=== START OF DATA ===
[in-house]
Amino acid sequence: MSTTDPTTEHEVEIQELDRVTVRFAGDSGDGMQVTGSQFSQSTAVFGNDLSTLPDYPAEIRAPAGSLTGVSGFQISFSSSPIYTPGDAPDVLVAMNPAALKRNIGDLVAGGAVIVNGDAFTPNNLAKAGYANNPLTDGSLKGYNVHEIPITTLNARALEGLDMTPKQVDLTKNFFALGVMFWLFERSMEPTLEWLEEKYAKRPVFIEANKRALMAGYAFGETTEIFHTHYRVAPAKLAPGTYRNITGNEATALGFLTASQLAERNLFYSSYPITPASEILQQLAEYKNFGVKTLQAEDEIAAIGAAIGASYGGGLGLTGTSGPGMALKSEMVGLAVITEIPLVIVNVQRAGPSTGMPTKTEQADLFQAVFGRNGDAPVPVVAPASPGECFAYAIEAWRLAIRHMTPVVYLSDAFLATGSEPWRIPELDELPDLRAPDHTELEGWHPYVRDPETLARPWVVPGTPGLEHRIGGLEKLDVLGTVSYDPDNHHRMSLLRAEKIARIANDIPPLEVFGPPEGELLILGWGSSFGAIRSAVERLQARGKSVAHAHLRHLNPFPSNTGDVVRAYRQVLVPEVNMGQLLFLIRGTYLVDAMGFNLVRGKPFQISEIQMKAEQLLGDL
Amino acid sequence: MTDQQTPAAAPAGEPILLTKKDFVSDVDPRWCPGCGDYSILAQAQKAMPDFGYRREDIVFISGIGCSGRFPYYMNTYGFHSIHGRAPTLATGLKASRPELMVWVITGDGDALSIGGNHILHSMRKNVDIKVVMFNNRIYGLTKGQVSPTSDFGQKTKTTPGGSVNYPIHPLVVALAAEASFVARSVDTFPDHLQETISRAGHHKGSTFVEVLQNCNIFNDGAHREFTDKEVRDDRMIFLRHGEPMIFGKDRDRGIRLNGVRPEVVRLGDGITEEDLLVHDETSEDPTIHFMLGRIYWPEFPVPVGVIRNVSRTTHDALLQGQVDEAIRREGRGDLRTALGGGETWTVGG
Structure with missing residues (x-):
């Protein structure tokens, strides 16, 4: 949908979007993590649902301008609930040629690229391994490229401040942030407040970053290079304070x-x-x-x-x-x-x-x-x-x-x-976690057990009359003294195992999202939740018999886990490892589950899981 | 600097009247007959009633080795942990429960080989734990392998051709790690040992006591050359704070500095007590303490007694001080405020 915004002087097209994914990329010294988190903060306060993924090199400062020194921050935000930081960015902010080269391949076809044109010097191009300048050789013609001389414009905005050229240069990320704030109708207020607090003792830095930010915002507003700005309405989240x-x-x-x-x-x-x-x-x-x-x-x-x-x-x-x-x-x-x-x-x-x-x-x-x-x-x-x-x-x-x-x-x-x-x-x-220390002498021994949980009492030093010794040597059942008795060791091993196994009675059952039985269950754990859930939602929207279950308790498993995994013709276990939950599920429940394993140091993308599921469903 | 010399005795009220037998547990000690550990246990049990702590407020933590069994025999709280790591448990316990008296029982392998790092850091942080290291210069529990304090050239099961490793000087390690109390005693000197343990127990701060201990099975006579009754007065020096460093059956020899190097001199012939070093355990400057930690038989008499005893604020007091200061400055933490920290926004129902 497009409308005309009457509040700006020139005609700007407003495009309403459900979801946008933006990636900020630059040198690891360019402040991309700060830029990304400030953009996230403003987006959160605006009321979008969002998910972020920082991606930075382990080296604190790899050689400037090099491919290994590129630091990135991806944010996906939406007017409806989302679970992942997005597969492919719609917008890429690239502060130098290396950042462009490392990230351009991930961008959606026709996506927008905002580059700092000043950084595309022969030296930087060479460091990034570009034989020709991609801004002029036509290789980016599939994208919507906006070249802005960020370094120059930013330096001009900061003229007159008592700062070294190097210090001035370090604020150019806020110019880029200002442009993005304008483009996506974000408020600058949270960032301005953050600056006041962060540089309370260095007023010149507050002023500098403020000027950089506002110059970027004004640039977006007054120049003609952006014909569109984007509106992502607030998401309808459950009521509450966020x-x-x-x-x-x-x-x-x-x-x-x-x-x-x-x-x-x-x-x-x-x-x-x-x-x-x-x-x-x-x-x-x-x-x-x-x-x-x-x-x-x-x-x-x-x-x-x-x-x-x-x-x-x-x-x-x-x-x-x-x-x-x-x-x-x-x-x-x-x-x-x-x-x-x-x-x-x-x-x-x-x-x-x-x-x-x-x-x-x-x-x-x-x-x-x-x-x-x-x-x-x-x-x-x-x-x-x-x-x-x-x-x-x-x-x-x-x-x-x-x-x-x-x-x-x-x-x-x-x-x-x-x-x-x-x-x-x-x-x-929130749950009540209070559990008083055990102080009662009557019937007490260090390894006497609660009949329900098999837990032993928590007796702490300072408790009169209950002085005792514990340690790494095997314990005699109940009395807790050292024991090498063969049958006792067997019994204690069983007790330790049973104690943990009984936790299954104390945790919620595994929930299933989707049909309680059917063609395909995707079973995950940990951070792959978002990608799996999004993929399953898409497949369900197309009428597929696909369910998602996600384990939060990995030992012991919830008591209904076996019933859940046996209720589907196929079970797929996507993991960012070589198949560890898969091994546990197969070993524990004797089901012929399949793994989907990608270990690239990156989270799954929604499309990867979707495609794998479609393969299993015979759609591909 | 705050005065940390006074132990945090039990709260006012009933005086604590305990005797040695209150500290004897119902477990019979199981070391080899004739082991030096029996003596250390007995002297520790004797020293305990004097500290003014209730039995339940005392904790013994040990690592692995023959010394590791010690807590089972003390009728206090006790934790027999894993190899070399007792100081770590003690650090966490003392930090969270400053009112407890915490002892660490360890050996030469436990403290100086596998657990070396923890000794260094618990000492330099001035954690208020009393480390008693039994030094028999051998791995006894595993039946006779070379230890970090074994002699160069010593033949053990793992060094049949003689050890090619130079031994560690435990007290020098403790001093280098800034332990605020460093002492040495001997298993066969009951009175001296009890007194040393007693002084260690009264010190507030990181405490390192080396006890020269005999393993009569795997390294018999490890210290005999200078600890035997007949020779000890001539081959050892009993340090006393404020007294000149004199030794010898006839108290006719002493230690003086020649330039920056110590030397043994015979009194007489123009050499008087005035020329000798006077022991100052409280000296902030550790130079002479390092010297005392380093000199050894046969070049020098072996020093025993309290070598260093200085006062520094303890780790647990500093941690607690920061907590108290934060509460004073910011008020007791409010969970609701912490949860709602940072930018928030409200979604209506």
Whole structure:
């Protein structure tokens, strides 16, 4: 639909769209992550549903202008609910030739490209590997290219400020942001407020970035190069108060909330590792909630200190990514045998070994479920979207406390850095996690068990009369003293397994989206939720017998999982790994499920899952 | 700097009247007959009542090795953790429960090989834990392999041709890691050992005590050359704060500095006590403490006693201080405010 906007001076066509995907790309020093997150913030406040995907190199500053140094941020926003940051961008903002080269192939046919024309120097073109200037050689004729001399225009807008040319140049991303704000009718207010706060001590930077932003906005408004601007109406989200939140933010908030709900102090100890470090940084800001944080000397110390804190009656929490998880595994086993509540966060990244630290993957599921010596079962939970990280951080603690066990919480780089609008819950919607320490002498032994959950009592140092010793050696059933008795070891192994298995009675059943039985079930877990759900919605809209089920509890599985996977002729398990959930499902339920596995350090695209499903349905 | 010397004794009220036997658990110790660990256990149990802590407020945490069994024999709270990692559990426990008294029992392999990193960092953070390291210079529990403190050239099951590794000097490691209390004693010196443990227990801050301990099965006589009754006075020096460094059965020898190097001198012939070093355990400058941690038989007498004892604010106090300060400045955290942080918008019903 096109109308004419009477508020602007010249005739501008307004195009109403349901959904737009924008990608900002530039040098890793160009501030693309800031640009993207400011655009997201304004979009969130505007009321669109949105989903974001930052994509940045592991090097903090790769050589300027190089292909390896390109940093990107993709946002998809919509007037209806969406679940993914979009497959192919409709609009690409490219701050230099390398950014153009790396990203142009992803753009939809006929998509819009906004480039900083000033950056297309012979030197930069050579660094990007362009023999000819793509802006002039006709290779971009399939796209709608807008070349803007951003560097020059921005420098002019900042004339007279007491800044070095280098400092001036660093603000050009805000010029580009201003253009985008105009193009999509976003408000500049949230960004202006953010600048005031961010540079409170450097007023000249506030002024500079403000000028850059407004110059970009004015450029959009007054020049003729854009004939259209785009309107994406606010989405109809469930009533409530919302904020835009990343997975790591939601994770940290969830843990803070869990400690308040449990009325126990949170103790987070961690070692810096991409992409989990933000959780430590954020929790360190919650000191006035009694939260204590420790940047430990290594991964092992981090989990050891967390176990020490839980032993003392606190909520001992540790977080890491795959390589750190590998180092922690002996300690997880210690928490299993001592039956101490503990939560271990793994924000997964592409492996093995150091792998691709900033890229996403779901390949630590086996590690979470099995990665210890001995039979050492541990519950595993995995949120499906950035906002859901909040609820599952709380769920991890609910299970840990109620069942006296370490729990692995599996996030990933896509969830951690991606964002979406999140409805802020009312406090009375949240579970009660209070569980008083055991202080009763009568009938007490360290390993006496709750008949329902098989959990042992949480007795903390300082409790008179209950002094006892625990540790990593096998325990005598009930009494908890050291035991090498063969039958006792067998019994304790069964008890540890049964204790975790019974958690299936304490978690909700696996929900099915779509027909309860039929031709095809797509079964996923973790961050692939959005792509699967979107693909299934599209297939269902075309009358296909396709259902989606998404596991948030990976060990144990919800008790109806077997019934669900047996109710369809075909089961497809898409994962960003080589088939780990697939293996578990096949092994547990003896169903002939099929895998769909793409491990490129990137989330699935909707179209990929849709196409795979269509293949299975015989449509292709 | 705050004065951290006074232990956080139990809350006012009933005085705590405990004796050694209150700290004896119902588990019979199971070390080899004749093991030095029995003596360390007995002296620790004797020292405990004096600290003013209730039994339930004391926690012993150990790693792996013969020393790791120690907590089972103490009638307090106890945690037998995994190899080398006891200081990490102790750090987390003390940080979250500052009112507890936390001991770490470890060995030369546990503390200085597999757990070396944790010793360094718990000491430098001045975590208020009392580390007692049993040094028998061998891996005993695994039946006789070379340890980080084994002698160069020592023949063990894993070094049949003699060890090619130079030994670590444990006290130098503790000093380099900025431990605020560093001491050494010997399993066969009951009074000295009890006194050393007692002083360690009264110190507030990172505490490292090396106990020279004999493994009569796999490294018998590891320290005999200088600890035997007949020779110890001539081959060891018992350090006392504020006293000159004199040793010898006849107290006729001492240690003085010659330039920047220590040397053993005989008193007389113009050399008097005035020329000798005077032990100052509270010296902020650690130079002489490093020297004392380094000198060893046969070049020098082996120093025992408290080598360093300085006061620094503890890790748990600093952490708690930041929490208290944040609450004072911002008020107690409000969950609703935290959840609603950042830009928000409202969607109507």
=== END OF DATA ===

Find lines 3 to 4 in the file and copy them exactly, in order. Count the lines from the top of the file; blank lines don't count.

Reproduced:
Amino acid sequence: MTDQQTPAAAPAGEPILLTKKDFVSDVDPRWCPGCGDYSILAQAQKAMPDFGYRREDIVFISGIGCSGRFPYYMNTYGFHSIHGRAPTLATGLKASRPELMVWVITGDGDALSIGGNHILHSMRKNVDIKVVMFNNRIYGLTKGQVSPTSDFGQKTKTTPGGSVNYPIHPLVVALAAEASFVARSVDTFPDHLQETISRAGHHKGSTFVEVLQNCNIFNDGAHREFTDKEVRDDRMIFLRHGEPMIFGKDRDRGIRLNGVRPEVVRLGDGITEEDLLVHDETSEDPTIHFMLGRIYWPEFPVPVGVIRNVSRTTHDALLQGQVDEAIRREGRGDLRTALGGGETWTVGG
Structure with missing residues (x-):